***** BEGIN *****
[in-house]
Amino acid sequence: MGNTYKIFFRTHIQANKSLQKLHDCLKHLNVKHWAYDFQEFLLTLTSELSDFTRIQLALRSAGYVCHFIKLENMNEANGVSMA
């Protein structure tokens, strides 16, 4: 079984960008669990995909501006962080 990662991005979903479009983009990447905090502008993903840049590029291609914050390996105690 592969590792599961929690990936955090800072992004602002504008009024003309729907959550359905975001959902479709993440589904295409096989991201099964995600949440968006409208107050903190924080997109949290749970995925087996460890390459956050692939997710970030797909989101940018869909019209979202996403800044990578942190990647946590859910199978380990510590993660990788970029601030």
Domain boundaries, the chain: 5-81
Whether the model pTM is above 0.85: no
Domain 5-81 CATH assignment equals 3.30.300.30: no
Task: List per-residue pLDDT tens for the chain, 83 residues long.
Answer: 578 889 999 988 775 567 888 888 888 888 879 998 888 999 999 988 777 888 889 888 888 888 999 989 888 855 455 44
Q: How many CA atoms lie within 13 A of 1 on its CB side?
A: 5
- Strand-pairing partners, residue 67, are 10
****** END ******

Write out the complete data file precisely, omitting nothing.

[in-house]
Amino acid sequence: MGNTYKIFFRTHIQANKSLQKLHDCLKHLNVKHWAYDFQEFLLTLTSELSDFTRIQLALRSAGYVCHFIKLENMNEANGVSMA
């Protein structure tokens, strides 16, 4: 079984960008669990995909501006962080 990662991005979903479009983009990447905090502008993903840049590029291609914050390996105690 592969590792599961929690990936955090800072992004602002504008009024003309729907959550359905975001959902479709993440589904295409096989991201099964995600949440968006409208107050903190924080997109949290749970995925087996460890390459956050692939997710970030797909989101940018869909019209979202996403800044990578942190990647946590859910199978380990510590993660990788970029601030």
Domain boundaries, the chain: 5-81
Whether the model pTM is above 0.85: no
Domain 5-81 CATH assignment equals 3.30.300.30: no
Task: List per-residue pLDDT tens for the chain, 83 residues long.
Answer: 578 889 999 988 775 567 888 888 888 888 879 998 888 999 999 988 777 888 889 888 888 888 999 989 888 855 455 44
Q: How many CA atoms lie within 13 A of 1 on its CB side?
A: 5
- Strand-pairing partners, residue 67, are 10